Such providers claim that they don’t collect any logs, but the question is, how do they pay for the servers they operate? Simple, with your personal information.
And now, since work is added to the mix, more sensitive information is up for grabs. Premium VPNs such as BulletVPN follow a strict no-logging policy, which ensures that none of the users’ browsing activities are being monitored and stored.
Moreover, BulletVPN applies the industry’s standard 256-bit AES encryption – one of the most secure encryption methods. If hackers try to get your data, they’ll have to go through thousands of different combinations, which is virtually impossible to be broken by even the fastest computers.
Furthermore, data leaks happen a lot. This brings us to BulletVPN’s kill switch and Bullet Shield. If you enable the kill switch option, your data won’t be exposed to the ISP’s servers if the VPN connection suddenly drops – it cuts off your internet instantly.
As for Bullet Shield, users working from home will have secured Wi-Fi all the time as it doesn’t allow them to connect to the internet without a VPN connection already in place.
Such measures shouldn’t be taken lightly by companies around the world, especially during these times. If there’s no VPN is used by the company yet, they should opt for one right away.
Whether it’s during these times or any other circumstances, you should never use public Wi-Fis while working and sending sensitive information to your colleagues.
Avoiding going to public cafes, restaurants, and hotels is the entire purpose of the quarantine. However, finding a non-secure network on your device’s list can be very tempting.
You never know if a hacker resides within your area, preying on those who connect to a network of his own creation. There are several reasons why you’d connect to it, be it to save up on your own quota, or the fact that you don’t have internet access, to begin with.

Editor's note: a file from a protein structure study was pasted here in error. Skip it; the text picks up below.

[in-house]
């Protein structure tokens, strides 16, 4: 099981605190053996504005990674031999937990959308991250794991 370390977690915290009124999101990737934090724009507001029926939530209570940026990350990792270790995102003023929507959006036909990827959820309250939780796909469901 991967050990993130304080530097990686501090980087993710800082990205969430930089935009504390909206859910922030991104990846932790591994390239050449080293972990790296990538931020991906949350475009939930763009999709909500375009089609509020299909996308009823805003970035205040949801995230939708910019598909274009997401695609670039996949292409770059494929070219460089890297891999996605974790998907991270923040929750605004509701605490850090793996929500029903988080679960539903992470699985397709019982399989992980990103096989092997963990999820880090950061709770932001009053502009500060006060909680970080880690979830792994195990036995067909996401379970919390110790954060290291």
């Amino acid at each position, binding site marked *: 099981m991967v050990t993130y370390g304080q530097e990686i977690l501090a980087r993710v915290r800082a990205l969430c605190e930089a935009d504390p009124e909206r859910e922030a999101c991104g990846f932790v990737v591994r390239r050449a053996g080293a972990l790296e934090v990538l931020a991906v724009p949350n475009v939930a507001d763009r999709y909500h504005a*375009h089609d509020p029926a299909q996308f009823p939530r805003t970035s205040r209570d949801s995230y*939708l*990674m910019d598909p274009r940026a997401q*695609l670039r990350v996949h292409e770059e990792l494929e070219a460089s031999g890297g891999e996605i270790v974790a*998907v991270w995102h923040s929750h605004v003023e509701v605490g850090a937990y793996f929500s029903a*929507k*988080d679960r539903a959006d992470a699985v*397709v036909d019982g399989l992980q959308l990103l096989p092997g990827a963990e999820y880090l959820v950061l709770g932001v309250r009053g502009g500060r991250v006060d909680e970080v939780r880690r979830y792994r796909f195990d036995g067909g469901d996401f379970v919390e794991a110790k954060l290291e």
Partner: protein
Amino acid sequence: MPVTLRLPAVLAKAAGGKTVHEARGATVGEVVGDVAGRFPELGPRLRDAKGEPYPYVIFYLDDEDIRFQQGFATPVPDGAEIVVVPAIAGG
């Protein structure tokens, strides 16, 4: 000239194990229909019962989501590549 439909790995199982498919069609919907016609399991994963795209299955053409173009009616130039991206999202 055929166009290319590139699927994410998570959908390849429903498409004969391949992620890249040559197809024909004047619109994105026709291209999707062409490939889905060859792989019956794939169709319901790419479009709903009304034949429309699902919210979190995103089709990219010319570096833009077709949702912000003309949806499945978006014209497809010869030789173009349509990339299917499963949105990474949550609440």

However, you must know that if you connect to that network, the host can see everything you do, submit, send, and receive. If your work’s sensitive information ends up in the wrong hands, it might lead to severe results.
So, under no circumstance, you should connect to public networks. Talk it out with your company, maybe they’ll provide you with internet access if you don’t have one at home.
While you’re stuck at home, online shopping might be the only way to get your stuff delivered without exposing yourself. You’re going to have to sanitize what you receive, but at least you won’t be exposing yourself out in the open.
However, exposing your credit card info is what we’re talking about here. You may not know this, but a lot of online stores (fake ones) are designed by hackers to get a hold of your billing information.
2018 saw a lot of such incidents, recording 16,128 cases of online identity theft and 65,116 cases of non-payment or non-delivery fraud. Here’s what was reported to the U.S. Internet Crime Complaint Center.
There’s another thing we urge you not to do. Never, under no circumstance, follow coupons that pop up on your social media. In these times, anything could be a scam.
Not long ago, McDonald’s fell victim to such scams as fake coupons bombarded the Brazilian Facebook. The coupon leads users to other pages asking them to submit their personal information. We all know how this one ends, right? Avoid clicking these coupons, stick to the bundles, and offers the official shop posts on its website, and you’ll be safe.
If you can shop from an online store that allows paying upon delivery, it will solve your problem easily. And as a final tip, don’t use your work’s device to shop online – keep personal stuff on separate devices.
Working remotely is one of they best ways to face and limit the spread of this Coronavirus pandemic. However, it doesn’t come without its own set of threats to personal information and sensitive work data.
The guide presented above includes top tips to work securely from home. Once you’re done, you’ll know exactly what to do to protect your online information while working in quarantine.